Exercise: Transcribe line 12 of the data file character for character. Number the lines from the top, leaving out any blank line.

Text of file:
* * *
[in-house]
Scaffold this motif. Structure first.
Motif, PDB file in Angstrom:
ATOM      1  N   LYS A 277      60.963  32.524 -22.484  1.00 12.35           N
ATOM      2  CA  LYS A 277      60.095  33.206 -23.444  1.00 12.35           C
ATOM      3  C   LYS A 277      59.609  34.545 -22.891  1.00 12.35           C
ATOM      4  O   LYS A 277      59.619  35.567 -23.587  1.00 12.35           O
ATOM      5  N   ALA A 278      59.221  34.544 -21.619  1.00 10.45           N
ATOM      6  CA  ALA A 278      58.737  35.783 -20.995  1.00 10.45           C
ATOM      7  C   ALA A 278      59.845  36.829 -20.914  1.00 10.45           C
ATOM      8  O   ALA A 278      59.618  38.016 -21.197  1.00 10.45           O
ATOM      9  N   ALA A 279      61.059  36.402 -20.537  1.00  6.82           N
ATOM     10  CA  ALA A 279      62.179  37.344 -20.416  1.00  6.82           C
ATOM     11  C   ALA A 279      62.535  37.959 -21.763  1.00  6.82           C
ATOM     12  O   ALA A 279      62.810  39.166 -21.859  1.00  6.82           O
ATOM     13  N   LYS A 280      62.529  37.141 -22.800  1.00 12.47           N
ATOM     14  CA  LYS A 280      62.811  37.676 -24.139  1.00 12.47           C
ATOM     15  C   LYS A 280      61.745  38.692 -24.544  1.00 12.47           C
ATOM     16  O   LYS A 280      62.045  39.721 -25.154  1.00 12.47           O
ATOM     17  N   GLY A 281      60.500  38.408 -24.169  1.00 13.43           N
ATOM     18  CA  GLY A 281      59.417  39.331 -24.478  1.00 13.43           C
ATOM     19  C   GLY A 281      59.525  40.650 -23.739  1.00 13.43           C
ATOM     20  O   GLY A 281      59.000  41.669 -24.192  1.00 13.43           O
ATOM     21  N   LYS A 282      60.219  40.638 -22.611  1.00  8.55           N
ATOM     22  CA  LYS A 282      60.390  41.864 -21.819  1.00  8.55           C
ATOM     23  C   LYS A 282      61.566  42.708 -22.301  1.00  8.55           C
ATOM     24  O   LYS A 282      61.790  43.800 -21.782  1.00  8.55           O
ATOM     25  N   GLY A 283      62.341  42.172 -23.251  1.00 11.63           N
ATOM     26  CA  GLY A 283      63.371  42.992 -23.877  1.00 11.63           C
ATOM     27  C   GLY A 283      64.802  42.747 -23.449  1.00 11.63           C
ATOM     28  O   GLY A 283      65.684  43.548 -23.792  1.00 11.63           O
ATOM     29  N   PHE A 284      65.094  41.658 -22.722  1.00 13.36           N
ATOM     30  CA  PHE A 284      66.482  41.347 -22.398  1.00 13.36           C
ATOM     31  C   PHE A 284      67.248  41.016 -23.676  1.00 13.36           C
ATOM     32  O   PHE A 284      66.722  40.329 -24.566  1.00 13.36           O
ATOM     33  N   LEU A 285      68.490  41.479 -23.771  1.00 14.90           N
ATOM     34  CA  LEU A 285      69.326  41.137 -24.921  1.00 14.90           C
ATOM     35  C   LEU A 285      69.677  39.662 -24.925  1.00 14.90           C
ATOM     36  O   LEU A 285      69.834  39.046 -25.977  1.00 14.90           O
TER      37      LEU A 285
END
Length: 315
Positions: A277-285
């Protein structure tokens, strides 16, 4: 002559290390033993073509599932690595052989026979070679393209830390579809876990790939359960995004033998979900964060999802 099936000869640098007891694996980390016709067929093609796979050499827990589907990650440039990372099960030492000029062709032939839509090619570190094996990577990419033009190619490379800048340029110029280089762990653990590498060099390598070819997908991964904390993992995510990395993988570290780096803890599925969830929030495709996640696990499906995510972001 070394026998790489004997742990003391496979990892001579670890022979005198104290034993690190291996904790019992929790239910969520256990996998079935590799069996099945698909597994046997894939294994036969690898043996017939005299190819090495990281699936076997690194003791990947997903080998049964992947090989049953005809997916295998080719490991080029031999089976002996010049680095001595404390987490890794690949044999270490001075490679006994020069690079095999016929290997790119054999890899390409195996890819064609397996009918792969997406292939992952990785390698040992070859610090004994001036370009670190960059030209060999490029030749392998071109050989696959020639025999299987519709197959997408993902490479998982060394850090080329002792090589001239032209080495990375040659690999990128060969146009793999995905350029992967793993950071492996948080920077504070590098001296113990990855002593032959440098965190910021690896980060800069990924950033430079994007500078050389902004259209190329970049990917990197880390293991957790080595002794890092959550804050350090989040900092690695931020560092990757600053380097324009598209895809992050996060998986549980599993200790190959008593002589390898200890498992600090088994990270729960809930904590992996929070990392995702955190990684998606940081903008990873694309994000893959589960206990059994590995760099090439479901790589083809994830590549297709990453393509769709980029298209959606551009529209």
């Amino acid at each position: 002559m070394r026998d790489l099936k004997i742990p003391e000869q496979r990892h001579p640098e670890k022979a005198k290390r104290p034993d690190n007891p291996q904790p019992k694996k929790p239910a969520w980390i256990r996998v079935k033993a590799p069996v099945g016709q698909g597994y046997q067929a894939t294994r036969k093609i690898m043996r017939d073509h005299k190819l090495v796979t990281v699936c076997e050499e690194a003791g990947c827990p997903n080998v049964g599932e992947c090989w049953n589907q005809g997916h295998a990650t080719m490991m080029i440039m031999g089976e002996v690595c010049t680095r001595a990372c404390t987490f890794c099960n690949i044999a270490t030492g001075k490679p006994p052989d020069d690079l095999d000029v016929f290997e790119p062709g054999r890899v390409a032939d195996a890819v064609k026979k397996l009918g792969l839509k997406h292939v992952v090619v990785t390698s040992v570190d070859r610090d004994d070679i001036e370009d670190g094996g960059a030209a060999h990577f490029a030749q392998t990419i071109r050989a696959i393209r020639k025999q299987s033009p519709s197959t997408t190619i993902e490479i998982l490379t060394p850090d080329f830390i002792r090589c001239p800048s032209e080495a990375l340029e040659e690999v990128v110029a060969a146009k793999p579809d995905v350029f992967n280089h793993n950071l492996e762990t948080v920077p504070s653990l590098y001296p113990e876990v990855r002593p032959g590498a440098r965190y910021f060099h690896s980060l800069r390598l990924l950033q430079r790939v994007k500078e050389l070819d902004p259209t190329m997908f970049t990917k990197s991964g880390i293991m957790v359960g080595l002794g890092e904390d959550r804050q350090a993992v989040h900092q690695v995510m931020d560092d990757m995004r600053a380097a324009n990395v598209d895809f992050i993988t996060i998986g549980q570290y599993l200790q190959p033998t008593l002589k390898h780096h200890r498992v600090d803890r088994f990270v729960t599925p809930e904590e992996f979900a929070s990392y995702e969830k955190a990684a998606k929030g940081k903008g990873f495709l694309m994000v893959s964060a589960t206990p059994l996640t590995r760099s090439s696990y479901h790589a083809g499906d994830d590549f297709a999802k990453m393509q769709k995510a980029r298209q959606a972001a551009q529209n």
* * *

ATOM      9  N   ALA A 279      61.059  36.402 -20.537  1.00  6.82           N